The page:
Fault Lines: Abigail DeVille Interviewed by Jane Ursula Harris

Sculpture that investigates contradictory symbolism.

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An image of three large-scale sculptural installations featuring a dome, trash cans, and vertical tubing titled, Brand New Heavies

Installation view of Brand New Heavies, Pioneer Works, New York City. Photo by Olympia Shannon / Dan Bradica Studio. Courtesy of the artist and Pioneer Works.

New Materialism, Afrofuturism, and revisionist history are all radical forms of agency and authorship that allow artists to reconceive truth beyond the binary of “fact” and “fiction.” Abigail DeVille brilliantly engages all three, working in the interface of matter and metaphysics, fantasy and archive, the canonical and the heretical. Excavating what she calls the “invisible histories” buried by racism, neglect, and greed, her architectonic assemblages explore various sites through materials salvaged from archives and dumpsters alike. Ongoing themes in her work include the legacy of slavery in communities of color, patterns of cultural migration and gentrification, the rhetorical power of historical monuments, and the aesthetics of “yard art.” In her current exhibition at Pioneer Works (part of the three-person show Brand New Heavies), these themes are manifest through the potent symbol of the US Capitol Building, which was attacked earlier this year by anti-democratic forces. 

—Jane Ursula Harris

 

Jane Ursula Harris What motivated you to make The Observatory?

Abigail DeVille My desire was to interrogate the mythology embedded in Federalist architecture, particularly the Capitol Building, which I started thinking about during the Trump administration. I found myself researching the history of its iconography, which is part of what I explore in my twenty-foot steel version.

JUH Can you talk more about the symbolism you’re referring to?

AD At the top of the Capitol dome is Thomas Crawford’s Statue of Freedom (1863), a figure originally meant to represent Libertas, the Roman Goddess of liberty who manumitted slaves in Roman society. Jefferson Davis, the Secretary of War from 1853–57, intervened in the final design, and so she got conflated with Minerva, Roman goddess of war, and a tame version of a pre-revolutionary “Indian princess.” So that’s what the helmet and its eagle feathers symbolize. All of this reflected the struggles leading up to the Civil War, and for me this embodies the original fault lines in our nation’s consciousness and all its contradictory symbolism.

JUH Your structure, which has a cage-like feel, removes the allegorical figure altogether and leaves the dome open. Why?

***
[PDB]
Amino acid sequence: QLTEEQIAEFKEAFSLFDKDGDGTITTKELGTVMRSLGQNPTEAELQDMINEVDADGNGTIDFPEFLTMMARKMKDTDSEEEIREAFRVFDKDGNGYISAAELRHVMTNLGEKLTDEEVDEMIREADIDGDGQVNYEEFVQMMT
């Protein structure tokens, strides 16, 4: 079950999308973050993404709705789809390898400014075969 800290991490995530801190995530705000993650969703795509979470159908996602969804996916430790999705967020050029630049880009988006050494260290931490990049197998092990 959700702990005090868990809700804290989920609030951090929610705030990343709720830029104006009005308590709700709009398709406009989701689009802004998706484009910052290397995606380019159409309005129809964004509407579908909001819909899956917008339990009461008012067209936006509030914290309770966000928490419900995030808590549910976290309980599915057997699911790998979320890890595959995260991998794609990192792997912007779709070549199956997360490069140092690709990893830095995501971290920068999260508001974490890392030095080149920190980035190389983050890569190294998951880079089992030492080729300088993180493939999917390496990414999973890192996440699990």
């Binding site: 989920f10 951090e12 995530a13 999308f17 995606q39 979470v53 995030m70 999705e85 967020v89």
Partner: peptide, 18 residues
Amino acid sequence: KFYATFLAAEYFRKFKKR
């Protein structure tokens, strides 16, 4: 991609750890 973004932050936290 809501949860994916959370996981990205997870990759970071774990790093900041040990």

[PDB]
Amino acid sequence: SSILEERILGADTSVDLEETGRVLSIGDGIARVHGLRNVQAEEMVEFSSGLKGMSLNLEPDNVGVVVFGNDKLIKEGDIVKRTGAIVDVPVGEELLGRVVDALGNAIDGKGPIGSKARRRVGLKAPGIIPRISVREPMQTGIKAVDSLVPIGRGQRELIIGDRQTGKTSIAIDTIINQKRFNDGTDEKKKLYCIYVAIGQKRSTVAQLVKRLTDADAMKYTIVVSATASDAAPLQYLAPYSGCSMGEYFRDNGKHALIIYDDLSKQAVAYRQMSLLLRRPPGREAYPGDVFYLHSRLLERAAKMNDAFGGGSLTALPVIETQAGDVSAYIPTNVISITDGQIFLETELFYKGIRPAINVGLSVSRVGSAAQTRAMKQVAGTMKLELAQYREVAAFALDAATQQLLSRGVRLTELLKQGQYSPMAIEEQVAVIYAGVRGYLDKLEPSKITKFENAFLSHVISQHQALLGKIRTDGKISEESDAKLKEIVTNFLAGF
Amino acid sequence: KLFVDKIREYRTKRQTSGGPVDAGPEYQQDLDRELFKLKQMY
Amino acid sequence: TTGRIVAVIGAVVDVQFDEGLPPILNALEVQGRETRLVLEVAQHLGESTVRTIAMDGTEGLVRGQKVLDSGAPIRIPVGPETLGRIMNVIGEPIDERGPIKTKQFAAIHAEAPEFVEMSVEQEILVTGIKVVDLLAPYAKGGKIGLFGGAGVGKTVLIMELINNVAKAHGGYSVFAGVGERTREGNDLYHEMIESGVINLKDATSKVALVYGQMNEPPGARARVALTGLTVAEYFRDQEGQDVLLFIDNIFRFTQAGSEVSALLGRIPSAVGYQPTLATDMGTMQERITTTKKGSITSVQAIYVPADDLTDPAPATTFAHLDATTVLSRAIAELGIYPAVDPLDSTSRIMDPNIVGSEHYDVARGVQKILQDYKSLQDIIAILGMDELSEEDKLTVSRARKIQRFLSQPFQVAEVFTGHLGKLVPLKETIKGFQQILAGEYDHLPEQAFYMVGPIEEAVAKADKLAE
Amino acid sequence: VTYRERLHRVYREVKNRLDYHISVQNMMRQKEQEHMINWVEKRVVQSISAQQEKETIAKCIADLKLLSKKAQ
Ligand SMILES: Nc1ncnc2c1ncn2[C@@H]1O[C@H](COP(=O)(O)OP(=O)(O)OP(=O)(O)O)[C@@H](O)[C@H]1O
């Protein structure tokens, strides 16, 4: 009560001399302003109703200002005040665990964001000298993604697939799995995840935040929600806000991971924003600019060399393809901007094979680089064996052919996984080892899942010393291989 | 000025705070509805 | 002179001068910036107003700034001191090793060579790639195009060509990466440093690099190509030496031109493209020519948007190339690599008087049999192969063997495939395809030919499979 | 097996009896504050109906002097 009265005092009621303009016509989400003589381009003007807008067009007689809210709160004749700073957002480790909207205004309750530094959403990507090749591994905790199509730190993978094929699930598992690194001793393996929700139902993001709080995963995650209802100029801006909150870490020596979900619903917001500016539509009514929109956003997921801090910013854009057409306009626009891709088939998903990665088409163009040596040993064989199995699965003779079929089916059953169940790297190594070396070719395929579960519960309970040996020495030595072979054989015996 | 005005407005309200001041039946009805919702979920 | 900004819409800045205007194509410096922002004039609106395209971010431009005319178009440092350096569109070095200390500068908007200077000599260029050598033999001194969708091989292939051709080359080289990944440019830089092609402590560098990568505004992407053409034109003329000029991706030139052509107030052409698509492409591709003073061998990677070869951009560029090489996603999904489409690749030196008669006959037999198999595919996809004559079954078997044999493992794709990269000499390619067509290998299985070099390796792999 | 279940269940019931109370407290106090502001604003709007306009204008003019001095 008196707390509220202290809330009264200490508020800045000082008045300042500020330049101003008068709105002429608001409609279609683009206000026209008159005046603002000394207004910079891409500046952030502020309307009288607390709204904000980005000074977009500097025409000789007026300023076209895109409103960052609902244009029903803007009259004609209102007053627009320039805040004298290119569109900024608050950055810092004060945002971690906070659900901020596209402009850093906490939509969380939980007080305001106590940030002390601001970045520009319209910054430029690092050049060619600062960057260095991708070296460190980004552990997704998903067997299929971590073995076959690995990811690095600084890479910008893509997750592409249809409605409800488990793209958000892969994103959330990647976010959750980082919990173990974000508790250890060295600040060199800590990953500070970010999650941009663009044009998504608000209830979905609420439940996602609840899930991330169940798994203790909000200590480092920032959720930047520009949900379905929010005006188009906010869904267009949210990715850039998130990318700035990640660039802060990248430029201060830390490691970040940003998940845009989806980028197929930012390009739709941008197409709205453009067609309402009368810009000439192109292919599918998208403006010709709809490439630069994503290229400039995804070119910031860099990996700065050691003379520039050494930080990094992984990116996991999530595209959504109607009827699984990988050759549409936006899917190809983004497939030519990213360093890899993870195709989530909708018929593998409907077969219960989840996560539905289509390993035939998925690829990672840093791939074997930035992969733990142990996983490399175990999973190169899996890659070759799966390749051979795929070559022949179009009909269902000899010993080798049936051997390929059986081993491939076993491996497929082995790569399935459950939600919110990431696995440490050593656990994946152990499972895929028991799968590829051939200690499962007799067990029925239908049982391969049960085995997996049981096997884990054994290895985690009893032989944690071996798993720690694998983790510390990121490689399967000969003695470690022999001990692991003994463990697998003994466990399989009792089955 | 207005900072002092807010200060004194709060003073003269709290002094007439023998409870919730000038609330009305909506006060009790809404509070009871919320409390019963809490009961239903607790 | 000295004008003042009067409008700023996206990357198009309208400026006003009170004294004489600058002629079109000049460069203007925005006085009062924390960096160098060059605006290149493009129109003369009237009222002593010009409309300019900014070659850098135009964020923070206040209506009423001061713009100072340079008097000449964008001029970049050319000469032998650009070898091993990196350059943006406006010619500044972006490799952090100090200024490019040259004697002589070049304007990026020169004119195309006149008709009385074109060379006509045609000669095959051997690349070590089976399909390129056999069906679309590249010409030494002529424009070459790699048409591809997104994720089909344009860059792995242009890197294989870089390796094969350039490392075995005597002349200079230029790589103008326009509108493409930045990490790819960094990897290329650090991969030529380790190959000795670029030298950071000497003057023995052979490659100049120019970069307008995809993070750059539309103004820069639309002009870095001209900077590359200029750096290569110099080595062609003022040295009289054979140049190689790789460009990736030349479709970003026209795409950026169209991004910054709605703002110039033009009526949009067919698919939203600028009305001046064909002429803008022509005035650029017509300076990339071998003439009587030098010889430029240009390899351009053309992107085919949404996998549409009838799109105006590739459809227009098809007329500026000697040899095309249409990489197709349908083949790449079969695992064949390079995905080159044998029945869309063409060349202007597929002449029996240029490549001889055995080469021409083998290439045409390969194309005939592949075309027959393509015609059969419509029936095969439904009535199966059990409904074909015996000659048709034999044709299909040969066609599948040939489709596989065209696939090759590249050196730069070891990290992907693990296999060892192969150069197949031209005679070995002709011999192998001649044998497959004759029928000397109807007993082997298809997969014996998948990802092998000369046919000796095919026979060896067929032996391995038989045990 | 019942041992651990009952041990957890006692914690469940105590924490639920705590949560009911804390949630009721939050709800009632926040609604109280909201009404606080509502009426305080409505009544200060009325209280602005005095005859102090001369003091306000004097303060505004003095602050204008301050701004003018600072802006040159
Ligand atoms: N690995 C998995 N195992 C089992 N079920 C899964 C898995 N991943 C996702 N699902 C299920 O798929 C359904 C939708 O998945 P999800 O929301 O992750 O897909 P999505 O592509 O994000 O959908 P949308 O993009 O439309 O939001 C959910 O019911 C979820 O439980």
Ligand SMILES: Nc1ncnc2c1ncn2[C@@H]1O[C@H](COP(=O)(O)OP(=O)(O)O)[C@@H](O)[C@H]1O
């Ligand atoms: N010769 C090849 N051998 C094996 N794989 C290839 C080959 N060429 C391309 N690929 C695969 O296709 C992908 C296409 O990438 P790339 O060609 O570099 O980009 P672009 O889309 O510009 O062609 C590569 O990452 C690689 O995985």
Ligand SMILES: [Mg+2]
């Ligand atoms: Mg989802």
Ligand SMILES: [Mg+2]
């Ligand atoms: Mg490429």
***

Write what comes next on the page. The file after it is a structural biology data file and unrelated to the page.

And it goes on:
AD Because in my dome there is no goddess. The cake topper is gone, and there is an open portal to the cosmos instead. The structure is cage-like, but also meant to evoke a web. My inspiration came from a NOVA documentary I saw featuring the cosmologist Tiziana Di Matteo who developed a computer program simulating a virtual universe identical to our own. The simulation revealed an intricate cosmic web of gas that draws matter together, and like the Big Bang creates both galaxies and black holes. Ultimately, I’m underscoring how the universe reveals itself through seemingly simple structures like chicken coops and spider webs. 

A large sculpture of a dome made of chicken wire with embedded video monitors titled, The Observatory, by Abigail DeVille

Abigail DeVille, The Observatory, 2021, steel, chicken wire, plastic tarp and seven-channel video installation. Photo by Olympia Shannon / Dan Bradica Studio. Courtesy of the artist and Pioneer Works.

JUH And how do the references to the cosmological engage the political connotations of the piece—the history of the Capitol Building and its symbolism—or are you trying to create something more transcendent here?

AD Both, I think. Thomas Jefferson wanted the Capitol Building to be modeled on a Roman temple. Creating Roman temples to house the Senate and House of Representatives was a visualization of the greatness and grandeur of the American democracy project via the Classical tradition. So this ancient model is itself a kind of time travel to what’s still perceived as the apex of human civilization. The work connects the birth of power architecture to the birth of the universe. The multiple portals in the chicken wire are further metaphors for the slipperiness of time and the holes in America’s foundational myths.